Heyyyy freelancers! Welcome to another exciting interview session!
We had the privilege of speaking with Uche Osita James; An African Freelancer! Enjoy the interview!
Uche Osita James is a Nigerian. and a final year law student at the University of Nigeria. He was born in the year 1996, in Enugu, Nigeria and he is the sixth child, out of eight. He has always had a nudging to express himself, to liberate his feelings; both confusing and mixed through some medium. He found writing. Writing enabled him to explore places he didn’t know existed in his mind.
- How long have you been writing?
To be honest, I really don’t know or don’t remember. But let us just say that I remember writing a short story collection, which I never published, in my primary 3. One of them tried a different approach to the cliché folktale, one the ‘wise tortoise’ often revolved around. I recall writing in defiance ‘Why the tortoise has a shell’ as distinct from the popular ‘why the tortoise has a broken shell’ that was over flogged at the time. Now I think of it, I think it is very funny.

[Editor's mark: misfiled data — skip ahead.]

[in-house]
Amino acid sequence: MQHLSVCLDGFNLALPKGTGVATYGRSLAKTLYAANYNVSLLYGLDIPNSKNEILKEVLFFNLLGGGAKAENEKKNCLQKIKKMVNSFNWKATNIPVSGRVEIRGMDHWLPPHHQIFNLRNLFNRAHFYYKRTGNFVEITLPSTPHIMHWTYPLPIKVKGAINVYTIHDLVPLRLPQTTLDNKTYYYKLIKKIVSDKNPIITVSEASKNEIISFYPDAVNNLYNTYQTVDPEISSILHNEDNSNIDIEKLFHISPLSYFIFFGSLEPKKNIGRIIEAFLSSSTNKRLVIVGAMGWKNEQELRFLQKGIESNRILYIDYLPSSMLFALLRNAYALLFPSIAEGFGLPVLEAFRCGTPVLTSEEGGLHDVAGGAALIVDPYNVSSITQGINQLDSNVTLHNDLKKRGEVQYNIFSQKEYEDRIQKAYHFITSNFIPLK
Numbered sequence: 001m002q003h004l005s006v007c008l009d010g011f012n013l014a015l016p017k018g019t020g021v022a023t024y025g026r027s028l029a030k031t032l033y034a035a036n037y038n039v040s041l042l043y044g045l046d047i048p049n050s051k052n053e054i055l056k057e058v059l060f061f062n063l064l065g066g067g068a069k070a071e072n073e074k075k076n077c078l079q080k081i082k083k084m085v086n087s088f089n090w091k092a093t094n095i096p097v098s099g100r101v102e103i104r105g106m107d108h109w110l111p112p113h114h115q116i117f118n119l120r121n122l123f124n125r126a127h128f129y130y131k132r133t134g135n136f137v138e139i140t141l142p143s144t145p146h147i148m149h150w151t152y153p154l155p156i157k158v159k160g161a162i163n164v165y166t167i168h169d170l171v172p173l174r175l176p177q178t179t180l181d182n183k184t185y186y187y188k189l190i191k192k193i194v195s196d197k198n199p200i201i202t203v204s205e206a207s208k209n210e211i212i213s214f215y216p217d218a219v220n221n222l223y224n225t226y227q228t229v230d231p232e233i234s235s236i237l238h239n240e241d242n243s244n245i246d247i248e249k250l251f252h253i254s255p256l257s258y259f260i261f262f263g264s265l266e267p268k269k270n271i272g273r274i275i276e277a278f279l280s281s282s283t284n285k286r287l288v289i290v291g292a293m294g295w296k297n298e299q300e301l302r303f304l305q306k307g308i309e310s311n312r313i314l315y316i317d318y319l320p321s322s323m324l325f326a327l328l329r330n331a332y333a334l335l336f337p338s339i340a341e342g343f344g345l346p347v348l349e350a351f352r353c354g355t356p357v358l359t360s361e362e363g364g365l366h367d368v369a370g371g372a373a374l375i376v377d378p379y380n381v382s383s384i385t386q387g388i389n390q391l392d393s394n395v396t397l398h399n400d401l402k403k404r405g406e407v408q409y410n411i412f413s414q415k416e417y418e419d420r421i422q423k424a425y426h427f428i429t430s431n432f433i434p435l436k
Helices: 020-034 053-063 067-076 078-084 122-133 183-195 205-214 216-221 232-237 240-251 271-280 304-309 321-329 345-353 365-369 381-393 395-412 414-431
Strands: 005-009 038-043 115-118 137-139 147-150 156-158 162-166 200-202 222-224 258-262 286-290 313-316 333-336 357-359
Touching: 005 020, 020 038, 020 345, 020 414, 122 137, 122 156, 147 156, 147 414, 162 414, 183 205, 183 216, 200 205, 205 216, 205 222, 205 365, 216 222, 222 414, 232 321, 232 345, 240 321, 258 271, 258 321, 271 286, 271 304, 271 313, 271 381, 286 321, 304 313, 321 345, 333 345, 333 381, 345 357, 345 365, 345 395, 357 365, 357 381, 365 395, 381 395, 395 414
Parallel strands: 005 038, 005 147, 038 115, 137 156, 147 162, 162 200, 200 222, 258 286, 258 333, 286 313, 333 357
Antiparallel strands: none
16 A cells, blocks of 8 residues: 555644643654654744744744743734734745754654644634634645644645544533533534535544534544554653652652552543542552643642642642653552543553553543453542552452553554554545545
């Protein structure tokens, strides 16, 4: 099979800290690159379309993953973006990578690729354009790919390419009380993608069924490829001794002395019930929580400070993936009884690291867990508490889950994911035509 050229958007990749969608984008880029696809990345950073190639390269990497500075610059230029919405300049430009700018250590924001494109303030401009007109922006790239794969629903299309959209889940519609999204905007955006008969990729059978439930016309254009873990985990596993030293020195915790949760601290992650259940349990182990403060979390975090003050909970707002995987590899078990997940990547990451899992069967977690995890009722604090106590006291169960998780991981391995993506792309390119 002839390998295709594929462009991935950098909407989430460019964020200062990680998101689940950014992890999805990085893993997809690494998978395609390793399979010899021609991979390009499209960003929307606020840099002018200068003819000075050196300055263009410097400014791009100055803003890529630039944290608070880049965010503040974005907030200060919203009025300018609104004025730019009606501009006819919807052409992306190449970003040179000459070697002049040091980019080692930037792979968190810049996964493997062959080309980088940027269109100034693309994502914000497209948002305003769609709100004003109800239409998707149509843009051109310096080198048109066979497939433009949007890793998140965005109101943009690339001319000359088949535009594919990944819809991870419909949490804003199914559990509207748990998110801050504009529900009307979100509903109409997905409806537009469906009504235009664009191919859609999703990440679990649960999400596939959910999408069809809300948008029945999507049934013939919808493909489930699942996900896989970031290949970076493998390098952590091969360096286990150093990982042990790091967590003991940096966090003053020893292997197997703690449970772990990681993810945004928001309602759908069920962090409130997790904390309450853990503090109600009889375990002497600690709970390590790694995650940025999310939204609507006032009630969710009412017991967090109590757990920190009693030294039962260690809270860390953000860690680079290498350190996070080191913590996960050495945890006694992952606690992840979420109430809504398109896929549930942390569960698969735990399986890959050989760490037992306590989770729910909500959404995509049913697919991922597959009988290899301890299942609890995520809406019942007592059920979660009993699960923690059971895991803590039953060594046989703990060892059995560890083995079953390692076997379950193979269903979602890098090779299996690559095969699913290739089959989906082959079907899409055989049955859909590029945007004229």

- How long have you been freelancing?
I have been doing freelance writing for 4 years.
- In the course of your freelancing, what are some of the challenges you faced and how did you overcome them?
At first, the challenge was getting people to believe that I could write first, before, whether I could deliver came into question. I spent a long time trying to prove it to people. But after some time, I just simply relaxed; worked for several blogs, participate in the editorial teams of different magazines and literary journals. I even started sending unsolicited submissions to online blogs and news and entertainment platforms. The goal was to create an online presence and to gain professional experience.